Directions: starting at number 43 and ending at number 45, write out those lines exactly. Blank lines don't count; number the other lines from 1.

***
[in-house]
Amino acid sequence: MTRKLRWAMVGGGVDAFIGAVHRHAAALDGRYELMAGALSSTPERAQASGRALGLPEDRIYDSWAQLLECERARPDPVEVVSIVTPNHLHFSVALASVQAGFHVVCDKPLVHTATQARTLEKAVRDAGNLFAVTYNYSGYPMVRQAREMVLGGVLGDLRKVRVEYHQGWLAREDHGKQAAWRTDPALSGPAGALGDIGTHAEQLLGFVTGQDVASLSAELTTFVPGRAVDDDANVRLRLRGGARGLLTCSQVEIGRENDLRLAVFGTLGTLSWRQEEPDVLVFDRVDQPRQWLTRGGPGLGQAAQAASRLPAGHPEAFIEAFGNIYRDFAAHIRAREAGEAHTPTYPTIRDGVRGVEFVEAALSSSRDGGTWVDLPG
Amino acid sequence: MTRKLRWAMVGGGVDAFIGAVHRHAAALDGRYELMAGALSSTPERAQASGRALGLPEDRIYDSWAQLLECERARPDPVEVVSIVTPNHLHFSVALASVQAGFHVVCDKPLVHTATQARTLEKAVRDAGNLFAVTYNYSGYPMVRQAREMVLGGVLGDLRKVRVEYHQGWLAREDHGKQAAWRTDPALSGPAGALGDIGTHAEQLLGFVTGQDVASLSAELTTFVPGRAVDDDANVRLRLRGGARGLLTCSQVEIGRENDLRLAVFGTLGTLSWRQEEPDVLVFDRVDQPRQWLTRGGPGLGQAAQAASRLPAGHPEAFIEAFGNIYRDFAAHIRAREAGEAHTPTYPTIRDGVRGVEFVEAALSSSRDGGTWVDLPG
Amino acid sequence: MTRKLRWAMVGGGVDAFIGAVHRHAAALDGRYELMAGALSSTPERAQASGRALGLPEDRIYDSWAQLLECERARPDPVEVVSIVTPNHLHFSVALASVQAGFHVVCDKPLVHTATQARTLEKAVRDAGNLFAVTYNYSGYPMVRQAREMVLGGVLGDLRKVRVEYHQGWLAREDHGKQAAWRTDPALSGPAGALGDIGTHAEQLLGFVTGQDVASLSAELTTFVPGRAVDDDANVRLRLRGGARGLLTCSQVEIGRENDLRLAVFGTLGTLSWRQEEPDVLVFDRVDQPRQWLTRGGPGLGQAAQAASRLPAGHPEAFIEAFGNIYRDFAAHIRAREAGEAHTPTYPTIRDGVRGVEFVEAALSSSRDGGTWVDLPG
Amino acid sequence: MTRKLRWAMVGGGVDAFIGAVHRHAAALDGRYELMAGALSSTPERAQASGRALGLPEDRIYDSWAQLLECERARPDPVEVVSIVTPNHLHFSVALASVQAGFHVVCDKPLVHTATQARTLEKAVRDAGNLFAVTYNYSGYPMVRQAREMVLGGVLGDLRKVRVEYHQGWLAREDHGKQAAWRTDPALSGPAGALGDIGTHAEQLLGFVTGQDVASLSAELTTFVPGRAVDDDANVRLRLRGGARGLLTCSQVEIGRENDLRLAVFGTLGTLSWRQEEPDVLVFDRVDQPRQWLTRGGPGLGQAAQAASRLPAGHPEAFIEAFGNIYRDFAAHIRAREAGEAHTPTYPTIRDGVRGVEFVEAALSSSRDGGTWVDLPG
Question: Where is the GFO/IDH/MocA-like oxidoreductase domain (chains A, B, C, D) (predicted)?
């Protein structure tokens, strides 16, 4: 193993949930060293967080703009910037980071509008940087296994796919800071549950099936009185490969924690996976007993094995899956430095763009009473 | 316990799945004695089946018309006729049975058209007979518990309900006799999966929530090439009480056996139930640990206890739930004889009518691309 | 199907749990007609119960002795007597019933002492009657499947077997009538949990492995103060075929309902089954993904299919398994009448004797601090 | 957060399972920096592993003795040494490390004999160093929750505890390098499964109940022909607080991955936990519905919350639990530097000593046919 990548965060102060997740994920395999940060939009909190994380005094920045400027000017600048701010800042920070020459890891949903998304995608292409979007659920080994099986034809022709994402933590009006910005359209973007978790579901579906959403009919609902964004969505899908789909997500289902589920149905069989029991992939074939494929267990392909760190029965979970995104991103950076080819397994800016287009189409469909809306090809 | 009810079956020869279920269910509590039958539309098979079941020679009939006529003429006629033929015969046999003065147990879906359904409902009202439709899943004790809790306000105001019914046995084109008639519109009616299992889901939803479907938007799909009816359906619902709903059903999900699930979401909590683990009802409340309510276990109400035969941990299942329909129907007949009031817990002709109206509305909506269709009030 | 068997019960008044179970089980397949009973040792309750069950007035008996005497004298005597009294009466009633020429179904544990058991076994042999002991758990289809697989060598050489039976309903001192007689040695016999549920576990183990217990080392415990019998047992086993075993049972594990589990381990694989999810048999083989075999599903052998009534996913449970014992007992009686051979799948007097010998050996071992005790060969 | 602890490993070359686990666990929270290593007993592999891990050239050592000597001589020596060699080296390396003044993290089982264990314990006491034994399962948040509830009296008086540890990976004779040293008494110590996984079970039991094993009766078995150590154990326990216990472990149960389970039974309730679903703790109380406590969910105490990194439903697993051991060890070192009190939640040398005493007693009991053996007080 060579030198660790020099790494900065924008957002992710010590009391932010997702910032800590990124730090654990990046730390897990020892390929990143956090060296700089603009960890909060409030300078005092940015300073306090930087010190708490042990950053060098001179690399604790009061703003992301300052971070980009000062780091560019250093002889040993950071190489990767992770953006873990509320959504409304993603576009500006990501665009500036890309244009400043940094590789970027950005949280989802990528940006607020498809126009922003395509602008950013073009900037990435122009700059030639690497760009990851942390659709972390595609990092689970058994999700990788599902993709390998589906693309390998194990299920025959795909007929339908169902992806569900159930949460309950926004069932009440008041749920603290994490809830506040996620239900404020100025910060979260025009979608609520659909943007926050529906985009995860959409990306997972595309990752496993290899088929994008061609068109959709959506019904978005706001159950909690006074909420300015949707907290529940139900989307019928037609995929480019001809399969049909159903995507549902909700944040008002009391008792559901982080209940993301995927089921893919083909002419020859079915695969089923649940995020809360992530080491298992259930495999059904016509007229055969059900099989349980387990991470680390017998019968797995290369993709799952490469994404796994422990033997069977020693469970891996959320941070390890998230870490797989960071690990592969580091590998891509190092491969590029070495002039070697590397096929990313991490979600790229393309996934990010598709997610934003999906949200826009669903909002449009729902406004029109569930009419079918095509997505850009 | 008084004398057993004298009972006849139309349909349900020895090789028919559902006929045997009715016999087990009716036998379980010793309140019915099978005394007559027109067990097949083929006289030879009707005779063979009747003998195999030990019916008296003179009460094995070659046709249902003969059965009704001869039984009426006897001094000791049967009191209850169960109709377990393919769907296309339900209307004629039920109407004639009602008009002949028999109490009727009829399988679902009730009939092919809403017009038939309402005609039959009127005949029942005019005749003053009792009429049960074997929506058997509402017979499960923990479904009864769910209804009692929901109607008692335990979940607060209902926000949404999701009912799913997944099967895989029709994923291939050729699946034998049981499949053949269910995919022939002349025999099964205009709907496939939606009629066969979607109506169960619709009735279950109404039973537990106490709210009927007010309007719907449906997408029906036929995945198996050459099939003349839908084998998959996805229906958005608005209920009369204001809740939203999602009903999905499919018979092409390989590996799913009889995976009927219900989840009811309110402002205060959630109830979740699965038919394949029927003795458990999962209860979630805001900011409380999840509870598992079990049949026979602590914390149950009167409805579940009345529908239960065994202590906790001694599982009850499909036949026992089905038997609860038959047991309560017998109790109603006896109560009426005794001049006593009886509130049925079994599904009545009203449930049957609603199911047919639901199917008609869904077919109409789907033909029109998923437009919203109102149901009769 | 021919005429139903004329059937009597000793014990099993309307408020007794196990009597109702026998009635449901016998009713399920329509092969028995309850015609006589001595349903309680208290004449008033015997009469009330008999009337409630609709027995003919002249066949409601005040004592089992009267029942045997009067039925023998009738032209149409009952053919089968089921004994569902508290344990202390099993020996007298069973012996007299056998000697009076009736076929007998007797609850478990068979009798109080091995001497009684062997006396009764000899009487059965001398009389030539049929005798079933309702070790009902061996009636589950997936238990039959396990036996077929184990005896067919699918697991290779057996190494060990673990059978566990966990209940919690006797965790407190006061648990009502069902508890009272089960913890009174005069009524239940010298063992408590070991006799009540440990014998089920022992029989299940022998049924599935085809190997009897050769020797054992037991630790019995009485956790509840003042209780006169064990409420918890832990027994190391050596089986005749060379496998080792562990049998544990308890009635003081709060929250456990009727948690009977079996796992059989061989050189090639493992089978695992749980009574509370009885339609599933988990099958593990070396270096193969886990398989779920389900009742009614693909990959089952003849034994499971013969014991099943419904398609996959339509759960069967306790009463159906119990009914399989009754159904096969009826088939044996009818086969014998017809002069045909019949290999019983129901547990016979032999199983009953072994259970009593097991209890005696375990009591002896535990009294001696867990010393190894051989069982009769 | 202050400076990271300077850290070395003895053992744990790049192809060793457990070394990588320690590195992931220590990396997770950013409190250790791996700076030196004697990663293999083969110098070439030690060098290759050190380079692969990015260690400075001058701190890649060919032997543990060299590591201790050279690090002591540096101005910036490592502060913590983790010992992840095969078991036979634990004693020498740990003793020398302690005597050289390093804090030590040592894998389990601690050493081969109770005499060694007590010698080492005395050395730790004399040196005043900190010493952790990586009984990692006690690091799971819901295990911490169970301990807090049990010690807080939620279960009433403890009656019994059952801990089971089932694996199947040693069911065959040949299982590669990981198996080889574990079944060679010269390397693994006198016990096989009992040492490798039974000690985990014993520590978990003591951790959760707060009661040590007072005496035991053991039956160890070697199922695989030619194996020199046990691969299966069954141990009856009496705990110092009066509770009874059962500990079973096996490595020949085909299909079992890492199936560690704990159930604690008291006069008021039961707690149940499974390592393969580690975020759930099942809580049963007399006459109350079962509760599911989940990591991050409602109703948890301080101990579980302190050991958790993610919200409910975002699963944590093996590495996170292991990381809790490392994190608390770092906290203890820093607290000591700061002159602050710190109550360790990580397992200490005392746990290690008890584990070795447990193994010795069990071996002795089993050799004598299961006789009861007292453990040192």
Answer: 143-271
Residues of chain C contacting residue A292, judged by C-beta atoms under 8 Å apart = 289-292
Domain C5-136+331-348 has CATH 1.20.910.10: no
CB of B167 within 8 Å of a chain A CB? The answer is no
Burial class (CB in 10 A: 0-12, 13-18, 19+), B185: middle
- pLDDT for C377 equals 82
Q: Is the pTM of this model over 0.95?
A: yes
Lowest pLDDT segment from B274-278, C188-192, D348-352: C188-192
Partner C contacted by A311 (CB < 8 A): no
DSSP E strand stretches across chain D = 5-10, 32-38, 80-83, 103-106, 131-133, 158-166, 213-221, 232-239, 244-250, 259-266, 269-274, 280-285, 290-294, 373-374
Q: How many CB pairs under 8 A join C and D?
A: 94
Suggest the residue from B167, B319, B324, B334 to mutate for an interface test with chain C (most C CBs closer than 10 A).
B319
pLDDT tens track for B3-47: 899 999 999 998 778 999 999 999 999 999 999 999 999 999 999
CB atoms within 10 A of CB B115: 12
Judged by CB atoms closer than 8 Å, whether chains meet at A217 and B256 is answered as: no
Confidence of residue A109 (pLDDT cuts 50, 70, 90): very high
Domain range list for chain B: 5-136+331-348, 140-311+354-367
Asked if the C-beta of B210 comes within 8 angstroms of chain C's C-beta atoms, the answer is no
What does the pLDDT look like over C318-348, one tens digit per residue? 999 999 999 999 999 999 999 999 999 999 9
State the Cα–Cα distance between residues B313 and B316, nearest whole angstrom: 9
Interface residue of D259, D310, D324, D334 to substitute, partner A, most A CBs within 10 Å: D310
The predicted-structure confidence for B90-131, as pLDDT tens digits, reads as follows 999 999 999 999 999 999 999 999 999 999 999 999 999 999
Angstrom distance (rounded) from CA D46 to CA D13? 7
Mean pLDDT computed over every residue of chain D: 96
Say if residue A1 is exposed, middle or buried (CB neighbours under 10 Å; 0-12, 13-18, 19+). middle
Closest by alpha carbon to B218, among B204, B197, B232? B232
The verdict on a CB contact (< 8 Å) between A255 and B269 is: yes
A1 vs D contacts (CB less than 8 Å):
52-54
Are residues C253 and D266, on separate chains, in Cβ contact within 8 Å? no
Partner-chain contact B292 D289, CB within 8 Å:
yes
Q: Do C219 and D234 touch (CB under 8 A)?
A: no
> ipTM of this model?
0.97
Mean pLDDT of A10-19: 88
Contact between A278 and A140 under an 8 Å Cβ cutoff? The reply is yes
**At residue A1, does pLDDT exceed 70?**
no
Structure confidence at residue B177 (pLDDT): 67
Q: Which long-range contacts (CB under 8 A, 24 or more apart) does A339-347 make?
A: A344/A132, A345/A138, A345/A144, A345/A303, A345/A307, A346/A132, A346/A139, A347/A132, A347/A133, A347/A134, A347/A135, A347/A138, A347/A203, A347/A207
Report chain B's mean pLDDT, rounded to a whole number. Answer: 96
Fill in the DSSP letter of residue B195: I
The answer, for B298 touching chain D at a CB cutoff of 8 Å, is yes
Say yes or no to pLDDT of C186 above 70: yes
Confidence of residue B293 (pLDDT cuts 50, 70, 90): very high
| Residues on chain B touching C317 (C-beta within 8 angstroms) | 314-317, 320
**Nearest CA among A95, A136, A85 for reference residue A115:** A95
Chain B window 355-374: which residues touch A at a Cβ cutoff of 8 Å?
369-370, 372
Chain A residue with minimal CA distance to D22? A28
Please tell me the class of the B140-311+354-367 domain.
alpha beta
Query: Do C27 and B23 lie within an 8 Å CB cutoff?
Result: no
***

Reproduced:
Q: Do C219 and D234 touch (CB under 8 A)?
A: no
> ipTM of this model?